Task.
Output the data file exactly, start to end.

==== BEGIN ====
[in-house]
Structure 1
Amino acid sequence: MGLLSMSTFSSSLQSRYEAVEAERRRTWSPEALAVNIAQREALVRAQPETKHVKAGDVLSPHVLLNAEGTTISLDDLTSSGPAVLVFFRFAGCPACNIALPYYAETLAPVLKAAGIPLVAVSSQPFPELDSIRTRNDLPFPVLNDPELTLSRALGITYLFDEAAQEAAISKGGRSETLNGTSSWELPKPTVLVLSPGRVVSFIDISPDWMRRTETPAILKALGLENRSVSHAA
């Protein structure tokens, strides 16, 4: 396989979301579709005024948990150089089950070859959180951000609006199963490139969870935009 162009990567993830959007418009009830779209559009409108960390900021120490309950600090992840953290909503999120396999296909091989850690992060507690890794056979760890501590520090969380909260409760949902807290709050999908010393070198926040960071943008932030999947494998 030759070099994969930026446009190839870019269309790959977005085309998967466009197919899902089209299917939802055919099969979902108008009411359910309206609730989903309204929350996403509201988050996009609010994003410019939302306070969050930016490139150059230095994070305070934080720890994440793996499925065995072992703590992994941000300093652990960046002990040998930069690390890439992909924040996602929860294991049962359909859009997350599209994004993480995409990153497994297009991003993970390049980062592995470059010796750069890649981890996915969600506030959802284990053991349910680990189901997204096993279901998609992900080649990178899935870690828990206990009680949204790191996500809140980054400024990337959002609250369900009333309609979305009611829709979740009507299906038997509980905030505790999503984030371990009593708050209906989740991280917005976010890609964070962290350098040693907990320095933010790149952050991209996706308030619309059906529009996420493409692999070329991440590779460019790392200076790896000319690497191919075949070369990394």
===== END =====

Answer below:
[in-house]
Structure 1
Amino acid sequence: MGLLSMSTFSSSLQSRYEAVEAERRRTWSPEALAVNIAQREALVRAQPETKHVKAGDVLSPHVLLNAEGTTISLDDLTSSGPAVLVFFRFAGCPACNIALPYYAETLAPVLKAAGIPLVAVSSQPFPELDSIRTRNDLPFPVLNDPELTLSRALGITYLFDEAAQEAAISKGGRSETLNGTSSWELPKPTVLVLSPGRVVSFIDISPDWMRRTETPAILKALGLENRSVSHAA
């Protein structure tokens, strides 16, 4: 396989979301579709005024948990150089089950070859959180951000609006199963490139969870935009 162009990567993830959007418009009830779209559009409108960390900021120490309950600090992840953290909503999120396999296909091989850690992060507690890794056979760890501590520090969380909260409760949902807290709050999908010393070198926040960071943008932030999947494998 030759070099994969930026446009190839870019269309790959977005085309998967466009197919899902089209299917939802055919099969979902108008009411359910309206609730989903309204929350996403509201988050996009609010994003410019939302306070969050930016490139150059230095994070305070934080720890994440793996499925065995072992703590992994941000300093652990960046002990040998930069690390890439992909924040996602929860294991049962359909859009997350599209994004993480995409990153497994297009991003993970390049980062592995470059010796750069890649981890996915969600506030959802284990053991349910680990189901997204096993279901998609992900080649990178899935870690828990206990009680949204790191996500809140980054400024990337959002609250369900009333309609979305009611829709979740009507299906038997509980905030505790999503984030371990009593708050209906989740991280917005976010890609964070962290350098040693907990320095933010790149952050991209996706308030619309059906529009996420493409692999070329991440590779460019790392200076790896000319690497191919075949070369990394």